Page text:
The new human resource policy was put into place to ensure equitable and respectful treatment of transgender or gender non-conforming employees and customers who use Port and SEA Airport facilities. The goals are to: promote their safety, comfort, health, and wellness; eliminate barriers to their full workplace integration; and eradicate stigmatization. The policy explicitly states that the Port expects departments and employees to welcome and support transitioning, gender diverse, and transgender Port employees.  

This protection also applies to transgender travelers at Seattle-Tacoma International Airport and the Port’s partners. We’re committed to ensuring that all travelers at Seattle-Tacoma International Airport (SEA) feel respected, comfortable, and welcome.

Port employees who attended the event shared their reflections: 

In the last several months, like so many others, I’ve been made more aware of the critical importance of standing up for others and of the outsized influence granted by my privilege. In college, I was lucky to see a friend of mine come out as transgender firsthand and heartbroken to have a transgender member of my broader community lose their life much too young. It was important to me to attend this event to honor those two individuals, all the transgender people I know both here at the Port and in the community, and the people we remembered who lost their lives to violence this year.

In the racial justice discussions here at the Port, a theme I’ve picked up on is that racism is a problem created by white people and that making progress to solve it is only possible if we stand up for the dignity of BIPOC folks even when they’re not in the room. As a cis, hetero, white man, I must stand up for transgender people in exactly the same way. By attending this event, I hope I did my little part to show that trans people deserve lives free from physical and emotional violence and deserve dignity. I felt a mix of emotions after the event – I was heartbroken for those we remembered and their loved ones and disappointed that there were so many names on the screen, but I also felt hope and relief. I was relieved knowing that employees across departments and age groups are also willing to stand up for our colleagues and hopeful because I know that we have the capacity as a group to make real, powerful change, both within the Port and in the broader community.  — Oliver Konkel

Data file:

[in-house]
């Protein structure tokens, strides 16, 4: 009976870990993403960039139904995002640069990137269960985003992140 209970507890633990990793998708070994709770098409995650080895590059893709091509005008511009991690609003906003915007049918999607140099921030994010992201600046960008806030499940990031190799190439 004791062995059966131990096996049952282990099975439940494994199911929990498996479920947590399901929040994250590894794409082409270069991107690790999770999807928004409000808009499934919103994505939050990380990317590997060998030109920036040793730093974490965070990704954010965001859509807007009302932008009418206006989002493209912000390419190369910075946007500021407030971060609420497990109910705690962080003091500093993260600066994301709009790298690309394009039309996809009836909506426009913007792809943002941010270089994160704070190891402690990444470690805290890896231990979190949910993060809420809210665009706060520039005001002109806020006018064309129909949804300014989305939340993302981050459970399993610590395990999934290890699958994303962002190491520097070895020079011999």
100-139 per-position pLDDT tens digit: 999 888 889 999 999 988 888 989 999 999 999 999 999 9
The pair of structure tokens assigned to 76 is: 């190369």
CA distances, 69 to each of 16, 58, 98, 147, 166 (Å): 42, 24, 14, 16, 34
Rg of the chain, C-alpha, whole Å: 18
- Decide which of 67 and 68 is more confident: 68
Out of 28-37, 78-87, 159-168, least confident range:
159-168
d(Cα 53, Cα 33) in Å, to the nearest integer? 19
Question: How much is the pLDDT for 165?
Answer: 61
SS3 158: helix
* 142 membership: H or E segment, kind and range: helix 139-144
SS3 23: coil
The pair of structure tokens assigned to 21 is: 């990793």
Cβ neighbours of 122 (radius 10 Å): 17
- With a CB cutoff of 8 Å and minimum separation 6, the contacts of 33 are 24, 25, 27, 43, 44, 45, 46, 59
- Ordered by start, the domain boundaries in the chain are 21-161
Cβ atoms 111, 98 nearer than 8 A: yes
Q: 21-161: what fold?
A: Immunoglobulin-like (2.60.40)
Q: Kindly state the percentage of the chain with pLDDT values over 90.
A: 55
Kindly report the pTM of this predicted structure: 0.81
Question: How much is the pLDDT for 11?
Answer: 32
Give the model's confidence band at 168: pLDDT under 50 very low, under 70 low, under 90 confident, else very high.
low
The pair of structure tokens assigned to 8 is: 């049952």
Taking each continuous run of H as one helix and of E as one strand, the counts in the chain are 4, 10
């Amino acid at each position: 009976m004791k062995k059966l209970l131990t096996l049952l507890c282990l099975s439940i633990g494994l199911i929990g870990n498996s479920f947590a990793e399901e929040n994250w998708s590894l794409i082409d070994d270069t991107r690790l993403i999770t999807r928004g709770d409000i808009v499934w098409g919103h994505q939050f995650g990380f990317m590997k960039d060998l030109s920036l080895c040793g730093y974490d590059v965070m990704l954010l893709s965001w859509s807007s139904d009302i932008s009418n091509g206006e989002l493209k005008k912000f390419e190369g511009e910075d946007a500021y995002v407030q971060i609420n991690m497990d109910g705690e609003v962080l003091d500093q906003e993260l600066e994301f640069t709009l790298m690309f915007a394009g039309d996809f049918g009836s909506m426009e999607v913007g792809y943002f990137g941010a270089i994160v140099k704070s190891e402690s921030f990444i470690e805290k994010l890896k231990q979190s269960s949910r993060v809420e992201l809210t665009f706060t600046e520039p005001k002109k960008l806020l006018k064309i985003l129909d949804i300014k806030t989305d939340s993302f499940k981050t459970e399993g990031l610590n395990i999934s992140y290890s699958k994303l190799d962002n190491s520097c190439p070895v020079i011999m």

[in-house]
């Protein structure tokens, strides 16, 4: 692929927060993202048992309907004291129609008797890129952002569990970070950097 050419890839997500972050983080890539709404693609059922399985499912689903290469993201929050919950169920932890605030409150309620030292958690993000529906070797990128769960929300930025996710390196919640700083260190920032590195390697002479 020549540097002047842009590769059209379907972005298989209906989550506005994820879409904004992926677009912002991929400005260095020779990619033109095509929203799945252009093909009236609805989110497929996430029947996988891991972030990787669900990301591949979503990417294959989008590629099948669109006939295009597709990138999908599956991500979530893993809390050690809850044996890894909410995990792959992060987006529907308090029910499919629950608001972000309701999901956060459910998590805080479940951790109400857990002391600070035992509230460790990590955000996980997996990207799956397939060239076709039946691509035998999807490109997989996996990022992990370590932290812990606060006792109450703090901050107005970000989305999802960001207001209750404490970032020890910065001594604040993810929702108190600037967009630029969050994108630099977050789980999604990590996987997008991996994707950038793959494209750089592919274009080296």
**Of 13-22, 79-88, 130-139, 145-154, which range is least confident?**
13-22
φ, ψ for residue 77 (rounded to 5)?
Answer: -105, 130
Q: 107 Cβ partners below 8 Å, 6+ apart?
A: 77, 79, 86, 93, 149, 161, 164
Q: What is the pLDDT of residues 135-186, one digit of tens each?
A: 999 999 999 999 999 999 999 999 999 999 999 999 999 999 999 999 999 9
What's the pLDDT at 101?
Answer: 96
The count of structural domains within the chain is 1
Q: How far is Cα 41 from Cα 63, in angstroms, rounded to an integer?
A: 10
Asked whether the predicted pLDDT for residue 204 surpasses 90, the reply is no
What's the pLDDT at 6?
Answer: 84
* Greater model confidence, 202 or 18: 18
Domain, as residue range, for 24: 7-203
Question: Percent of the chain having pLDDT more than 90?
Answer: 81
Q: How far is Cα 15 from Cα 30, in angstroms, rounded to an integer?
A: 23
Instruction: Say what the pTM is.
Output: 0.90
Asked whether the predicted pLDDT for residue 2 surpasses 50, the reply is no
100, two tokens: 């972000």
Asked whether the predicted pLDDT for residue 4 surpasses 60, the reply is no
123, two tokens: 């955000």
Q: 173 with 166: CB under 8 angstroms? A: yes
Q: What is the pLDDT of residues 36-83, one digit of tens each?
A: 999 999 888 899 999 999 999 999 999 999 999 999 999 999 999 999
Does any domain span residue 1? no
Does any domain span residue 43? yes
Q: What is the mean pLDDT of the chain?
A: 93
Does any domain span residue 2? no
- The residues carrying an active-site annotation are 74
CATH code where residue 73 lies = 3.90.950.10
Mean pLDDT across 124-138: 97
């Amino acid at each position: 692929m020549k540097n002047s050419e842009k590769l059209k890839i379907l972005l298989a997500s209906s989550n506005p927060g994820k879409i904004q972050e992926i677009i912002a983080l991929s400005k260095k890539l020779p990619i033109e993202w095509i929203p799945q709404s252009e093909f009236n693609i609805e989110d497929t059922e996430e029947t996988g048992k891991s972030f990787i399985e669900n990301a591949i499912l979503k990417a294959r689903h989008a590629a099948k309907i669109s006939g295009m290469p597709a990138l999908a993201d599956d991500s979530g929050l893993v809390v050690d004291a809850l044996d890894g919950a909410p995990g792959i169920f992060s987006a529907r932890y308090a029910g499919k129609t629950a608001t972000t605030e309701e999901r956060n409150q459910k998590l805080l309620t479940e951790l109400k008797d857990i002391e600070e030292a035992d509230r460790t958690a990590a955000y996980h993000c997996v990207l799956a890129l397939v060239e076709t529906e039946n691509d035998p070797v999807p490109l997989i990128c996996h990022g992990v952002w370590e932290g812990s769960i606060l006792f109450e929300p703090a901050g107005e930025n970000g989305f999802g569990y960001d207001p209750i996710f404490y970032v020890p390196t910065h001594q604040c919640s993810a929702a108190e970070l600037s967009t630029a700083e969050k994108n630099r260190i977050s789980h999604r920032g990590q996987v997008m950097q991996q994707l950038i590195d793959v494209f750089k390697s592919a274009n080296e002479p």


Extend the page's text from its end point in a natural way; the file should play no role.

I attended this event to support my Transgender colleagues as well as learn about the history and day.  I have a close friend who is trans and hoped this event would also help me better understand my friend’s experience has been. This event was critical to shining a light on an issue that is often invisible to many. 

After the event, I felt melancholy for the beautiful lives lost and sad for the families and friends who have lost a loved one.  I also felt elevated knowing how many people at the Port helped present and that there is a strong community within the Port to help move the work forward to end discrimination and violence. We have a much longer journey ahead of us than I had imagined.  — Kelli Goodwin 

I attended the event to take a stand against hate and discrimination. It was a good way to raise awareness of transgender issues and bring attention to the inequalities they face. We all needed to remember those in the transgender community whose lives have been lost to violence, marginalization, and prejudice. I believe that by showing our support of transgender people, we are doing our part to help end ignorance surrounding transgender issues. — Hanane Bush 

I attended this event because the person closest to me lives this every day and every bit of attention this brings may help her to live her life just like I live mine. Education to an unknown will allow people to understand this as oppose to believing everything they have been told. No one has the right to judge another’s life and all people are human beings and should be treated as such. Treat everyone as you wish to be treated — it is as simple as that. After attending, I felt very sad to know human beings’ lives were taken for no other reason than someone else’s hatred.  — Anonymous